Bottom Line: California income tax withholding collections in October were 8.2 percent above October 2020, and collections to date in fiscal year 2021-22 are 20.2 percent above 2020-21.
California employers are required to make regular income tax withholding payments for their employees, which can provide a real-time indication of the direction and magnitude of the aggregate change in the employers’ payrolls. Most withholding payments are for employees’ wages and salaries, but withholding is also due on bonuses and stock options received by employees. We caution against giving too much weight to withholding numbers in any given month, as they often include one-time payments (say, for taxes on stock options associated with large initial public offerings) that are unlikely to recur. Nonetheless, monthly withholding payments provide a useful near-real-time indicator of the state’s evolving economic situation.
The first graph shows that withholding payments in October were up $549 million (8.2 percent) from October 2020, which had one more collection day than October 2021 had. Recent initial public offerings may have contributed to this increase. Thirteen California companies with an aggregate confirmed market value of $30.9 billion went public in October, led by GitLab at $11.0 billion and Informatica at $9.6 billion. In contrast, 16 firms with a confirmed aggregate value of $14.6 billion went public in October 2020, led by McAfee at $9.5 billion. We note that IPO-related withholding on employees’ ‘restricted stock units’ is due on the date that the stock units vest, which may be later than the company’s IPO date.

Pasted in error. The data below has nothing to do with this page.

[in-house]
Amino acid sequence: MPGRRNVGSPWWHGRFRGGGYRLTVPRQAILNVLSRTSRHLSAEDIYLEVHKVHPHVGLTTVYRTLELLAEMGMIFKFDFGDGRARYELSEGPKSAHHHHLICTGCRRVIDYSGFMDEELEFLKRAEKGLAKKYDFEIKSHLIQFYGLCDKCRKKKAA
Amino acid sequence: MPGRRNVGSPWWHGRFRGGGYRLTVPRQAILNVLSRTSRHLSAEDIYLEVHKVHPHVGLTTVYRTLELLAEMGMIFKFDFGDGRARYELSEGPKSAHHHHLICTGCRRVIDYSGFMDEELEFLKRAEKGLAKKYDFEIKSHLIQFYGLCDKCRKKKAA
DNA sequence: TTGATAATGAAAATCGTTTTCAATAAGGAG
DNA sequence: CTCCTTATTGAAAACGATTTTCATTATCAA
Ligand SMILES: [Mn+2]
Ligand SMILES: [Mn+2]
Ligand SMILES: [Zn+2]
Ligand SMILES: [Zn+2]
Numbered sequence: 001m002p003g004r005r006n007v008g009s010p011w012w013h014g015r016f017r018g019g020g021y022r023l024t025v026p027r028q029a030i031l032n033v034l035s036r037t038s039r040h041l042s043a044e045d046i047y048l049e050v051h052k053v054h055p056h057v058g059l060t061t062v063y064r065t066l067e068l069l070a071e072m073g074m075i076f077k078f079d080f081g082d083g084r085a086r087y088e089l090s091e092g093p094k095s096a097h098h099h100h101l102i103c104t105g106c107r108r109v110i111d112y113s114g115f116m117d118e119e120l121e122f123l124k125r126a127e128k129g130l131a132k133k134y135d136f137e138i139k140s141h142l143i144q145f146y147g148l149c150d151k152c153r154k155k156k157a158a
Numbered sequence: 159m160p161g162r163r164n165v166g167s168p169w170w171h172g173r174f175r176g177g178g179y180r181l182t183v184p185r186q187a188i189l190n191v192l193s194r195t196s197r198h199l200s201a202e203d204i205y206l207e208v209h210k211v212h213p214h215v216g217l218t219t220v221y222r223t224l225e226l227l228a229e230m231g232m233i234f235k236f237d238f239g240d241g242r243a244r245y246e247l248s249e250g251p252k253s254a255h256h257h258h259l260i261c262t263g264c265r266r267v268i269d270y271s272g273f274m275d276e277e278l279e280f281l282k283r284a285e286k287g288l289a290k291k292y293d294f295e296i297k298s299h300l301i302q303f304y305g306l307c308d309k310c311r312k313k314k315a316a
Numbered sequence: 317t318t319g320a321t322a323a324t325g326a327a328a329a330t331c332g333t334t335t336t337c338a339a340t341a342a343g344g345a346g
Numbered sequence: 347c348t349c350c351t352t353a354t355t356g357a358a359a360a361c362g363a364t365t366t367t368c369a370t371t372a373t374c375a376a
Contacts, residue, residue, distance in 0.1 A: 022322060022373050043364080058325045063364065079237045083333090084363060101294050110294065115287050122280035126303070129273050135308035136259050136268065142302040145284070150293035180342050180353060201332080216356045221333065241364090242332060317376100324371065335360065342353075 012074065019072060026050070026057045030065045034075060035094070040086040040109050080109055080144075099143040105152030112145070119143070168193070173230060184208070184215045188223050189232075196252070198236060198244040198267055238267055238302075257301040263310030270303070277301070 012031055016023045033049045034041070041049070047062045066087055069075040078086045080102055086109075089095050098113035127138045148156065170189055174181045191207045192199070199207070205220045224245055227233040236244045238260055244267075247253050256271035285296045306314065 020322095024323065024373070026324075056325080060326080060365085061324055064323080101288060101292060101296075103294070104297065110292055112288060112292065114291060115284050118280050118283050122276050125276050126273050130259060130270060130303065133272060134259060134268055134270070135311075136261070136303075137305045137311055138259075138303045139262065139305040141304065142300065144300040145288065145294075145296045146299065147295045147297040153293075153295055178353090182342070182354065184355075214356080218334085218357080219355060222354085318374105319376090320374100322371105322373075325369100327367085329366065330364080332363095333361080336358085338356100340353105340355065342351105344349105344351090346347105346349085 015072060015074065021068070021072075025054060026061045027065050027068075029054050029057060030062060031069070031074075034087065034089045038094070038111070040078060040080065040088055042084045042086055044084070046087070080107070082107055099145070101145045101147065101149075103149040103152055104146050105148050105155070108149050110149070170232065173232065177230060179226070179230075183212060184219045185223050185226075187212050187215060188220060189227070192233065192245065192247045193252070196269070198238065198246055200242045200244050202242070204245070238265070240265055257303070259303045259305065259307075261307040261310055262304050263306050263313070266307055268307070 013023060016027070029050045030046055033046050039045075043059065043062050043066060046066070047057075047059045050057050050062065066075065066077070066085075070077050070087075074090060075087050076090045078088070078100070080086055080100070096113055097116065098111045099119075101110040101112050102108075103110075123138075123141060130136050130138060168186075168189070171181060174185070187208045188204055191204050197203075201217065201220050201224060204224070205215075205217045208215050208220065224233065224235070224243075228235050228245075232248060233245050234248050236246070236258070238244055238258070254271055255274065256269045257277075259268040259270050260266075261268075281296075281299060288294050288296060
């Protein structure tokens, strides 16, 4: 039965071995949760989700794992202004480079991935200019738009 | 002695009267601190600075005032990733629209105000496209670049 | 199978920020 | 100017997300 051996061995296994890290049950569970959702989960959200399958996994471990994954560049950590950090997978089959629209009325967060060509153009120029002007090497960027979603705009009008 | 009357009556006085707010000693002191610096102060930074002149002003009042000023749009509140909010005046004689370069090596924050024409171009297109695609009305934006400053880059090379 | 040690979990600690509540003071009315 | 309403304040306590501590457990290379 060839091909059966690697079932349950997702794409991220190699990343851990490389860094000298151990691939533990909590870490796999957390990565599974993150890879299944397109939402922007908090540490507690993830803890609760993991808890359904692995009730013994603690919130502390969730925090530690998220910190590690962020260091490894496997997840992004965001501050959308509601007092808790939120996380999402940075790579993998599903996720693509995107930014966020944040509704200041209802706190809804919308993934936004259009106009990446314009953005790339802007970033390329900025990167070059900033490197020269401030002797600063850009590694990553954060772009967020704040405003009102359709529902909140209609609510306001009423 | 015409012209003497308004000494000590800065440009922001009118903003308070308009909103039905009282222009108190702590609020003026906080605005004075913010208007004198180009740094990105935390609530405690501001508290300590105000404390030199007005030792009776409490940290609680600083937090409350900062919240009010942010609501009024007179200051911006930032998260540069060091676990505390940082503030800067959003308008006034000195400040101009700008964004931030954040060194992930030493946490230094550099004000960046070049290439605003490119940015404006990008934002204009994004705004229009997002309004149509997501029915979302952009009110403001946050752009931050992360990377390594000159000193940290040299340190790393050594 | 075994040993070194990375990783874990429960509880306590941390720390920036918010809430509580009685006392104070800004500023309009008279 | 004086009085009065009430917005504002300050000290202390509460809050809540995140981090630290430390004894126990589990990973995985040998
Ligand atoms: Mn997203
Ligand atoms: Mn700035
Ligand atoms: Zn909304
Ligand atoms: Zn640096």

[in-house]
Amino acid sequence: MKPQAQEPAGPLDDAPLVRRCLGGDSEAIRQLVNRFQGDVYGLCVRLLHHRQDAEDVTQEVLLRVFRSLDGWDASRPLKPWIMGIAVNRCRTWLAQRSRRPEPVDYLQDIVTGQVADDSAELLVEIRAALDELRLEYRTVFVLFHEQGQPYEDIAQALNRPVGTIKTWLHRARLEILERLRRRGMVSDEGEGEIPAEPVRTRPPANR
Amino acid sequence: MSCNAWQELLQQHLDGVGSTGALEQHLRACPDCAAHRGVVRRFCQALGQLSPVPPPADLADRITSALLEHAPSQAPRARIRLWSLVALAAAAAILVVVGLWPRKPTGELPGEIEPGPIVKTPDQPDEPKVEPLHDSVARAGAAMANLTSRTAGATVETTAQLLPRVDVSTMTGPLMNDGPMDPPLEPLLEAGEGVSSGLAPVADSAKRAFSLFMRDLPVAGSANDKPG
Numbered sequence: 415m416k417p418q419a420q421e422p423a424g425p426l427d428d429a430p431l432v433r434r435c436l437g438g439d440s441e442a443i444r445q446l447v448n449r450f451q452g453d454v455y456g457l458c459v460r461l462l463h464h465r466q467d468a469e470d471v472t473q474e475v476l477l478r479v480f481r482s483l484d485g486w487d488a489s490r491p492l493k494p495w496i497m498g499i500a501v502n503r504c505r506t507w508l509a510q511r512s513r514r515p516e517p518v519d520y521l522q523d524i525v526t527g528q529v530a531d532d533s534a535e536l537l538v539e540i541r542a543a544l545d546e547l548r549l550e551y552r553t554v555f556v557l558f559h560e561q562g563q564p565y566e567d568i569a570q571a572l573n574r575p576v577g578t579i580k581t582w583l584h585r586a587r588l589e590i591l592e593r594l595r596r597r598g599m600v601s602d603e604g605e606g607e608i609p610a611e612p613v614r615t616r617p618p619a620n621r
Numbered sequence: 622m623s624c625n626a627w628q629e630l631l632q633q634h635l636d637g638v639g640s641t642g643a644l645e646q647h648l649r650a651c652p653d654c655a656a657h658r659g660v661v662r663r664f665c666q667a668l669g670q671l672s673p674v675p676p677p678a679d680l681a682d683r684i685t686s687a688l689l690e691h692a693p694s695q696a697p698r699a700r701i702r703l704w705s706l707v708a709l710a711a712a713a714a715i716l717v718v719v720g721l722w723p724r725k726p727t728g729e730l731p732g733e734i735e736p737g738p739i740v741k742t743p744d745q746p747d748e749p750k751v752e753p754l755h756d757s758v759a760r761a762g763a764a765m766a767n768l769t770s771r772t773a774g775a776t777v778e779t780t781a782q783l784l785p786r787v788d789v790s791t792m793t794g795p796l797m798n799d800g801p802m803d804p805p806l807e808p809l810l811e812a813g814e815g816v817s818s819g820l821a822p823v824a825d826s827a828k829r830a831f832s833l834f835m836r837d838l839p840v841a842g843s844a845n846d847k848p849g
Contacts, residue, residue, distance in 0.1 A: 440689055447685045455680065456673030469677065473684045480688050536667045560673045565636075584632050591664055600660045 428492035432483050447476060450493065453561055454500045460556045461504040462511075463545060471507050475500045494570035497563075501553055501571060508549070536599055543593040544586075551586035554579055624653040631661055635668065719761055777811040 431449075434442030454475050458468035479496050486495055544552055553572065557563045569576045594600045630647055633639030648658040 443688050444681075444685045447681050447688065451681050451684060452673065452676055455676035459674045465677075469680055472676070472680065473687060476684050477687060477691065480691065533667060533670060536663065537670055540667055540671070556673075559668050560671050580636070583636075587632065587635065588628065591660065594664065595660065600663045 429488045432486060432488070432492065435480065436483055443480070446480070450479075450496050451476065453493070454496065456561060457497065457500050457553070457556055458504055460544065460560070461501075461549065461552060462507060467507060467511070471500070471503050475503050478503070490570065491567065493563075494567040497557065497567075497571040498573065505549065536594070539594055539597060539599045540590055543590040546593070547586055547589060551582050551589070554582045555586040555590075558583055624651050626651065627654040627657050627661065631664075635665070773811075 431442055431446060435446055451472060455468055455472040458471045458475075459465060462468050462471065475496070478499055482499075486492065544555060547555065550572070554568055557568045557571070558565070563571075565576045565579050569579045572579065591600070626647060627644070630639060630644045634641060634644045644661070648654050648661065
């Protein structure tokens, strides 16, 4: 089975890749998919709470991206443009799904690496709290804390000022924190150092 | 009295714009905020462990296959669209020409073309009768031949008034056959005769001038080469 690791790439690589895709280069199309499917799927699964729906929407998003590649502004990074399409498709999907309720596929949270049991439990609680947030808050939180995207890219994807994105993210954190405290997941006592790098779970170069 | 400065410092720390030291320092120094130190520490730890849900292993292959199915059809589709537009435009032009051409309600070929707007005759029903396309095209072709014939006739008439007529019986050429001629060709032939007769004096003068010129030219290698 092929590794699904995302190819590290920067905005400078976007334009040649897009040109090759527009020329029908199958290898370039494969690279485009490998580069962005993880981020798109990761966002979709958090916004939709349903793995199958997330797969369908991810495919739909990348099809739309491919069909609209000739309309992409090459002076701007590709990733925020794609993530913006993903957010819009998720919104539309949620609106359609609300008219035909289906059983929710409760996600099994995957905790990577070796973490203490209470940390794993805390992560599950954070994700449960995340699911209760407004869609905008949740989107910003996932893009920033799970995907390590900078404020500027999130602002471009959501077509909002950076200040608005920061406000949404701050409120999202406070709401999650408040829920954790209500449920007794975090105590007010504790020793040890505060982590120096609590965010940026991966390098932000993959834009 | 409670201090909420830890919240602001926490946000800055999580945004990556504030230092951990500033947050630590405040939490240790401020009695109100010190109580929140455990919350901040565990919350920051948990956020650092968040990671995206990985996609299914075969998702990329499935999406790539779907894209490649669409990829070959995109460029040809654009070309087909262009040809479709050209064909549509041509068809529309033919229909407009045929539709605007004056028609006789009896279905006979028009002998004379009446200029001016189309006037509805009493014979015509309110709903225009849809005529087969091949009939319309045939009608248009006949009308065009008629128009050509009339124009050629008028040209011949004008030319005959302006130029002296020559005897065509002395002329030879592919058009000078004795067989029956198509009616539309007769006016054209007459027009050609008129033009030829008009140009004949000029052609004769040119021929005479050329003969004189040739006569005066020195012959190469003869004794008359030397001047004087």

The next graph shows cumulative withholding since the start of the fiscal year compared to the same dates in 2020-21 and 2019-20. Collections through October were up $4.8 billion (20.2 percent) over 2020-21 and $6.5 billion (29.5 percent) over 2019-20.
The next graph shows federal income tax withholding since July 1 in 2020-21 and 2021-22. Through October, federal withholding was up 19.5 percent from last year, slightly below the state’s pace.